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Re: best post-apocalyptic novels?

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  • Bennett Stuckless
    Haven t been here in ages, but happened to stop by tonight and this caught my eye because we had a recent thread on post-apocalyptic ficton on another BB and
    Message 1 of 7 , Jul 2, 2006
      Haven't been here in ages, but happened to stop by tonight and this
      caught my eye because we had a recent thread on post-apocalyptic
      ficton on another BB and because I was reading the sample chapters
      for Steve Stirling's new book last night ...

      Thanks for mentioning *Shreds of Humanity*; I've added it to my want-
      to-read list.

      I would put Kim Harrison, Kelley Armstrong and Laurell K. Hamilton in
      Supernatural Fantasy. While post-apolcalyptic may sometimes have
      horror/fantasy elements (like Robert McCammon's *Swan Song*), it's
      usually pure science fiction.

      You've probably read the classics: *Earth Abides* -- George R.
      Stewart [1949], *Daybreak 2250 A.D.* -- Andre Norton [1952]; *The
      Long Tomorrow* -- Leigh Brackett [1955], *The Chrysalids* -- John
      Wyndham [1955}, *Alas, Babylon* -- Pat Frank [1959], *A Boy and His
      Dog* -- Harlan Ellison [1975].

      Since you enjoyed *Hammerfall* so much, you should definitely read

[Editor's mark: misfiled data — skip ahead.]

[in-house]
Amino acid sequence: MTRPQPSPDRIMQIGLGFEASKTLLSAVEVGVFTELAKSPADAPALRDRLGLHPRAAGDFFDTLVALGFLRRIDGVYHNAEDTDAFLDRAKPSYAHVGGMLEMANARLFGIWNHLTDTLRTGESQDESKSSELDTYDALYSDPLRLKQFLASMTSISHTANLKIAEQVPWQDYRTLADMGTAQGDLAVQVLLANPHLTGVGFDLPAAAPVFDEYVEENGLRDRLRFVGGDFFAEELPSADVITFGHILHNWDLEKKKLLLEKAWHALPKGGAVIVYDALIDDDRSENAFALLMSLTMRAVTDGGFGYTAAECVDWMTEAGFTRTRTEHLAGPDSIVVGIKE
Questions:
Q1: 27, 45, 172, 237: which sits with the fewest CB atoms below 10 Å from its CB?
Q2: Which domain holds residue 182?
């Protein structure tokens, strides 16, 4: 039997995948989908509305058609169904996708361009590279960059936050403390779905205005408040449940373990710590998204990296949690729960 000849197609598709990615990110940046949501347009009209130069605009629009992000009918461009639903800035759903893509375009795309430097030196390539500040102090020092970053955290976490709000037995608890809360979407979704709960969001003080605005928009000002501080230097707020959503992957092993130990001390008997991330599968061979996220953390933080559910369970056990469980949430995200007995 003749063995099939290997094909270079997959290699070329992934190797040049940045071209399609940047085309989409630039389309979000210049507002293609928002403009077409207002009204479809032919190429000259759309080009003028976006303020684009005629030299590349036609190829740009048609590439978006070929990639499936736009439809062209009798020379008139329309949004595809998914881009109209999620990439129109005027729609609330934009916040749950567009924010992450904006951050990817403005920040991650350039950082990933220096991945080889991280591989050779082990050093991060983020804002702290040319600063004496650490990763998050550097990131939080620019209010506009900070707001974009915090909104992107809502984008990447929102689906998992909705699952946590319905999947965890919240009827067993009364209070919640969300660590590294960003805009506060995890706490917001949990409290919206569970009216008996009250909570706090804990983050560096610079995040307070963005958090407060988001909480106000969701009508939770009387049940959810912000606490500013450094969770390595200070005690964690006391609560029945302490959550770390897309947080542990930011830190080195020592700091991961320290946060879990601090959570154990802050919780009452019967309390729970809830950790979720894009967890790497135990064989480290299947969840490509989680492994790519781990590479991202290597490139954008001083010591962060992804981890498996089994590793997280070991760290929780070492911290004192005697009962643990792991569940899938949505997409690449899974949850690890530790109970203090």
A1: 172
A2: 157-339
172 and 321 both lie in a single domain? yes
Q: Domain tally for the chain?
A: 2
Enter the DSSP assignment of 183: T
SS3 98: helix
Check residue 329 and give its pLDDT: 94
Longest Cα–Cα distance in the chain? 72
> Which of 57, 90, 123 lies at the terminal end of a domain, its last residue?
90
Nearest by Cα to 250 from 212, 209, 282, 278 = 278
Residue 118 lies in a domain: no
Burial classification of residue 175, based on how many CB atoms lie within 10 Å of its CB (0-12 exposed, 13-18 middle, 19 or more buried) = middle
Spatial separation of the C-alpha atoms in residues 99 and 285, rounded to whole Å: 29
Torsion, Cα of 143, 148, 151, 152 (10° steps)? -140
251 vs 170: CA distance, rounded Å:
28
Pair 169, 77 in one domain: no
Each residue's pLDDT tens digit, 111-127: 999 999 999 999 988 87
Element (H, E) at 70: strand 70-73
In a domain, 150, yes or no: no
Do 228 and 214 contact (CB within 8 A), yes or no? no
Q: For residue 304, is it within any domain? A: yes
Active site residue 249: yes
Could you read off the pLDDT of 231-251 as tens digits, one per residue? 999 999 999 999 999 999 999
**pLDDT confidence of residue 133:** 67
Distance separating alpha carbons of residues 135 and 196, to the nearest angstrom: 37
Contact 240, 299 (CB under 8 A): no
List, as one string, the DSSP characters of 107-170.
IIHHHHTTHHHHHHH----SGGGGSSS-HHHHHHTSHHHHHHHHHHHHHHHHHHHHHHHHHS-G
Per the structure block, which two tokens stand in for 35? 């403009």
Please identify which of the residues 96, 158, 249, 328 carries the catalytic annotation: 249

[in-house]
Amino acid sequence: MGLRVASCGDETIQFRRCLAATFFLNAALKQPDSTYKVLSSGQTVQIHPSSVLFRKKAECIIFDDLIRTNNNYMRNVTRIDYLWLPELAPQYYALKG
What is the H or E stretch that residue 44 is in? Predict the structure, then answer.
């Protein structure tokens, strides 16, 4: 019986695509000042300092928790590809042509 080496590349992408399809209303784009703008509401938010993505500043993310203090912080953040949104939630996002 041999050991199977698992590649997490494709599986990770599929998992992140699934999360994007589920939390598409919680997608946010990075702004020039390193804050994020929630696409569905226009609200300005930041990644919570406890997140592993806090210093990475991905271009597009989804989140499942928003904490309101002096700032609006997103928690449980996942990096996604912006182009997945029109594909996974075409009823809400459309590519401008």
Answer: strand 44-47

another Niven/Pournelle collaboration: *Footfall*.

      Two more authors I'm sure you'll enjoy are S.M. Stirling and Sean
      McMullen. Stirling's series started with *Dies the Fire* in 2004 &
      *The Lord Protector's War* in 2005, and continues with *A Meeting at
      Corvallis* this fall. After "The Change", electricity and fast
      combustion (gunpowder) no longer work ... McMullen's trilogy,
      *Souls in the Great Machine*, *The Miocene Arrow* and *Eyes of the
      Calculor*, has a truly original disaster! "The Call" takes over the
      minds of all large mammals and forces them to walk toward the sea,
      either dying of exhaustion on the way or finally throwing themselves
      in ... Humans survived in callhavens where it did not reach, and have
      spread back into areas where the call comes once or twice a day ...

      I also recommend *Dammnation Alley* -- Roger Zelazny and *The
      Postman* -- David Brin (both much better than the movies!); *A Gift
      Upon the Shore* -- M.K. Wren, *Parable of the Sower* -- Octavia
      Butler, *No Blade of Grass* -- John Christopher, *Bone Dance* -- Emma
      Bull, *Dinner at Deviant's Palace* -- Tim Powers and *Walk to the End
      of the World* -- Suzy McKee Charnas

      As you can tell, I also like talking about books, especially SF and
      fantasy!

      Bee in Toronto


      --- In ShadowRealms@yahoogroups.com, "artyfields" <armyxprt@...>
      wrote:
      >> I guess now that I finished Shreds of Humanity, I have to place it
      at the top of my favorites but sort of in an equal billing with
      Lucifer's Hammer ... the Hammer dwells more on the direct
      geographical effects and the stories of how people escape from LA.
      In both novels, the most interesting part to me is how the survivors
      manage to find food, shelter, protect themselves and form groups that
      plan for the new future ... up. Sorry to go on, I just like talking
      about books. -Art
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